On April 3, 1989, Ken Griffey Jr. made his Major League debut, going 1-for-3 with a first-inning double, hitting second against the A's on Opening Day. The Mariners drafted him No. 1 overall in 1987, and he played only 129 games in the Minors in 1987 and '88 before his
On April 3, 1989, Ken Griffey Jr. made his Major League debut, going 1-for-3 with a first-inning double, hitting second against the A's on Opening Day. The Mariners drafted him No. 1 overall in 1987, and he played only 129 games in the Minors in 1987 and '88 before his call-up. He had never played a game above Double-A.
Griffey was 19 years, 133 days old, at the time becoming the youngest position player to debut in more than 10 years (Brian Milner in 1978).
Production at a young age is a key part of Griffey’s legacy. And with the success we’ve seen lately from young players in the game, his name comes up frequently in those references. As we celebrate 30 years since his debut, here's a look at some of the milestones Griffey set along the way.
• Last year, when Washington's Juan Soto hit a home run at Yankee Stadium at 19 years, 231 days old, he became the youngest player with a regular-season home run at any iteration of Yankee Stadium since Griffey at 19 years, 190 days old on May 30, 1989. Griffey hit two home runs in that game, as did Soto on that night.
• Griffey didn’t win the American League Rookie of the Year Award in 1989 -- that went to the Orioles’ Gregg Olson -- but he hit 16 home runs, at the time the third most by a teenager in a single season. It’s now fifth most, with Bryce Harper and Soto debuting and moving ahead of Griffey on that list. He had two multihomer games in that 1989 season, one of four teenagers with multiple multihomer games in a single season -- along with Harper, Soto and Mel Ott.
• When Ozzie Albies hit his second grand slam last season, he became the fifth player in the Expansion Era (since 1961) with multiple grand slams in a season at age 21 or younger. The others? Griffey, along with Adrian Beltre, Alex Rodriguez and Tony Conigliaro.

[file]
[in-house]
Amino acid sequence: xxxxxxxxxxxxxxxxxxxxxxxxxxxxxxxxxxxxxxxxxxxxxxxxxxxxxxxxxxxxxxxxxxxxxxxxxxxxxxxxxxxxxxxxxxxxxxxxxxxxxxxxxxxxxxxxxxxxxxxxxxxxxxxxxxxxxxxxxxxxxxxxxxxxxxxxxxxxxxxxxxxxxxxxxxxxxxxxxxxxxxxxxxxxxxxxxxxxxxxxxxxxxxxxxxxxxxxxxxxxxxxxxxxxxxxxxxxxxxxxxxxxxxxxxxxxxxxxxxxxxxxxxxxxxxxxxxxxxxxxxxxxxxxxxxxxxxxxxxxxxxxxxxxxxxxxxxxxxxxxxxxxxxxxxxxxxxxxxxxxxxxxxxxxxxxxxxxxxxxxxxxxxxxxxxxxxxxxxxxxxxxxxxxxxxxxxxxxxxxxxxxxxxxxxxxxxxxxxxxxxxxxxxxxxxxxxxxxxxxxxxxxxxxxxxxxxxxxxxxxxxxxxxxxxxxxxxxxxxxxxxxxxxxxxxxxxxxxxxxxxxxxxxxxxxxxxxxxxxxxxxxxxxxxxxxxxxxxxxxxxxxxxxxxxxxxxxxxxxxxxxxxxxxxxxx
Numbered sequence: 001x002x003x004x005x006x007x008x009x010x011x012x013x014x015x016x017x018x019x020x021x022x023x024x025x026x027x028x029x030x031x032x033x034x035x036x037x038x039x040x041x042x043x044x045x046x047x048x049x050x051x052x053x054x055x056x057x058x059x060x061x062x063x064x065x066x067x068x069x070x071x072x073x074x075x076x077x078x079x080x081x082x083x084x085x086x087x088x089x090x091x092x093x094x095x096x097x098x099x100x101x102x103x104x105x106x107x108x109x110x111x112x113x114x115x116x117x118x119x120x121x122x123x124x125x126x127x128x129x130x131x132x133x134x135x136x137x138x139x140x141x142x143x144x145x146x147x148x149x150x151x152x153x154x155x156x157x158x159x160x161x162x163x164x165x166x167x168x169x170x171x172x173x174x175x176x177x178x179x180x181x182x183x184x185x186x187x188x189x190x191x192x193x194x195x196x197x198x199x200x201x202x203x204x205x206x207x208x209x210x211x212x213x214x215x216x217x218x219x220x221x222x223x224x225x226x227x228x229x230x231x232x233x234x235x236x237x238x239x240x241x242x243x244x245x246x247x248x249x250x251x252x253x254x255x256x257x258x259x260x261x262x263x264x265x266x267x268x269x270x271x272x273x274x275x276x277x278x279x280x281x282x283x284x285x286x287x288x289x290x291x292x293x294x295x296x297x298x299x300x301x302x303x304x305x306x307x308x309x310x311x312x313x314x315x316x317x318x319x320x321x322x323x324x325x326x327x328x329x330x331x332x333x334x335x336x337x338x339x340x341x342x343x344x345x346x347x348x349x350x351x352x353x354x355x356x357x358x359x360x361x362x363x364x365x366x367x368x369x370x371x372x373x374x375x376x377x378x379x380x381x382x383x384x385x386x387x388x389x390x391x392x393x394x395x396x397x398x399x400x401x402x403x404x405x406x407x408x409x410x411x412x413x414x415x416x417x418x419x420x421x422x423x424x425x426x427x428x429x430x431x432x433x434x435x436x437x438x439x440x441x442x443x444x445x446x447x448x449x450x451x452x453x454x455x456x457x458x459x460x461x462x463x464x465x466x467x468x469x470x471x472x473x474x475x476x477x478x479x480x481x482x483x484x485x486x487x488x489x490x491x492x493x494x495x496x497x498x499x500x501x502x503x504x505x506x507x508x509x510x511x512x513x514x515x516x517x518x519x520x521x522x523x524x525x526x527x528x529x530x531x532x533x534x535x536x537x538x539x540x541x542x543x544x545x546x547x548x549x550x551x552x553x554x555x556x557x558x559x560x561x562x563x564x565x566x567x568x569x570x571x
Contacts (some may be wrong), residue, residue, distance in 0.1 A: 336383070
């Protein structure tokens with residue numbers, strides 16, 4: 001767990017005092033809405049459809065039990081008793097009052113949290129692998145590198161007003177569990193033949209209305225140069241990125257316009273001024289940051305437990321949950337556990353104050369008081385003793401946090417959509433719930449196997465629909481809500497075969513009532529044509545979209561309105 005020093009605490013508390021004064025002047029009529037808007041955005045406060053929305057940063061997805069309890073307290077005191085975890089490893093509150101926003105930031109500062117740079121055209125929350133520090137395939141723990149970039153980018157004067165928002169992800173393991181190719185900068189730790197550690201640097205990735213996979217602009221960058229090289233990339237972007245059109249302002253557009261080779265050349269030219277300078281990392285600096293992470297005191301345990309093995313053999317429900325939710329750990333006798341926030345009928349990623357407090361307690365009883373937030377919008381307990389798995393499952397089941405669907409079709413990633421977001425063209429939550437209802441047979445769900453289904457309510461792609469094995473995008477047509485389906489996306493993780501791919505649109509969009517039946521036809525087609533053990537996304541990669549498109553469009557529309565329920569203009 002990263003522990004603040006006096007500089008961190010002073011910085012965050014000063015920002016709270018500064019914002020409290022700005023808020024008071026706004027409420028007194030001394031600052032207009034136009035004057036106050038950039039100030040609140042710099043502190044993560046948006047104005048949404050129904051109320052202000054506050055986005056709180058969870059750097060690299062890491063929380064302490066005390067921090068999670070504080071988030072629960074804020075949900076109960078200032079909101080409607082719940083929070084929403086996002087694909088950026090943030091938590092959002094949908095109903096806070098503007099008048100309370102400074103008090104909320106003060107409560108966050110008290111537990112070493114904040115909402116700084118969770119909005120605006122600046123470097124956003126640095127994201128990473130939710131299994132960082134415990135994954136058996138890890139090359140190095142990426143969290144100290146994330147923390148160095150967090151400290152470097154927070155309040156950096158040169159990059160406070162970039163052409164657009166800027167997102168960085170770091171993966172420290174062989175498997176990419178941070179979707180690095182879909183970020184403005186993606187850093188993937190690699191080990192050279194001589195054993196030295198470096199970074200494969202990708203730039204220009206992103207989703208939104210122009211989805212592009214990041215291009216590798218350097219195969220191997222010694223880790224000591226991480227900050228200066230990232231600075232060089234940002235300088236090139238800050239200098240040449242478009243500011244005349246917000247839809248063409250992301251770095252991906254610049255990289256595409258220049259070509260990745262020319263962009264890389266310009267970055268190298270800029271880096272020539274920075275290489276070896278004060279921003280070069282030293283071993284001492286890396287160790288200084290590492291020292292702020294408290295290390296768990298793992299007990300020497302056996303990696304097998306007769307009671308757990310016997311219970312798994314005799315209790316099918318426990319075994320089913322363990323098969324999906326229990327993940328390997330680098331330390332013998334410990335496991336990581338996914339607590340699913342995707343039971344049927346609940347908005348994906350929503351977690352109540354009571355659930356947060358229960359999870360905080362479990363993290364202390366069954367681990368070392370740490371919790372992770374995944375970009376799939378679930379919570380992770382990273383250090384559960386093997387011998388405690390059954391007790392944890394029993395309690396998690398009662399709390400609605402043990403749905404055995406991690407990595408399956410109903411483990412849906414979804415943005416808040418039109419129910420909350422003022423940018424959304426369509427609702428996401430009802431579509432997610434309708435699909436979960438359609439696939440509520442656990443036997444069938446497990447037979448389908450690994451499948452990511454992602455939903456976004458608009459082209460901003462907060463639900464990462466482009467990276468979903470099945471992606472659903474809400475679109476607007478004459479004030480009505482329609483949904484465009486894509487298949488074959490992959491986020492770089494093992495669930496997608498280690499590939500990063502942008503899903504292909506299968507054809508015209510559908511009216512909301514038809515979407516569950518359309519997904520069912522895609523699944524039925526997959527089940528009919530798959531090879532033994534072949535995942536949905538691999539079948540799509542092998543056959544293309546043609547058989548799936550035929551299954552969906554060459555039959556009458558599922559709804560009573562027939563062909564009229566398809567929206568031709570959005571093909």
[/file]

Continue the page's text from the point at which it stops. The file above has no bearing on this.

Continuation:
• Christian Yelich homered in four straight games to start the 2019 season, tying the all-time record. But for the most consecutive games with a home run at any point in a season, look no further than Griffey, who in 1993 tied the record of eight straight games set by Dale Long in 1956 and also tied by Don Mattingly in 1987. Griffey was just 23 years old at the time.
• Speaking of home runs, Griffey is one of only nine players with multiple 40-homer seasons before his age-25 season. He hit 45 in 1993 and 40 during a strike-shortened season in '94.
• Griffey hit homers in the regular season, but he also hit them in July, too -- during the Home Run Derby, that is. Griffey won the Home Run Derby three times -- in 1994, '98 and '99, the most Derby wins of any batter since the event began in 1985.
• And Griffey hit six homers in the postseason, all in 1995, including two in his first career postseason game in Game 1 of the AL Division Series against the Yankees. At the time, he was one of four players to hit multiple homers in his postseason debut (Chipper Jones did it the same day). He’s now one of nine players to do so. When he hit six home runs that postseason, nobody had ever hit more home runs in a single postseason (the record is now eight).
• It isn’t just the home runs that made Griffey so captivating. He was an all-around player, and that included defense, too. Griffey is one of three players in Major League history with 500 home runs and 10 Gold Glove Awards, along with Willie Mays and Mike Schmidt. There are plenty of other accolades, too, from the first MVP won by a Mariners player in 1997 to 13 All-Star selections and seven Silver Sluggers.
• Griffey was induced into the Hall of Fame in 2016, receiving 99.32 percent of the vote, at the time the highest percentage from the Baseball Writers' Association of America, and now second to Mariano Rivera’s 100 percent. Griffey was the first No. 1 overall pick in the MLB Draft to be elected to the Hall of Fame, and has since been followed by Chipper Jones and Harold Baines.
Sarah Langs is a reporter/editor for MLB.com based in New York. Follow her on Twitter @SlangsOnSports.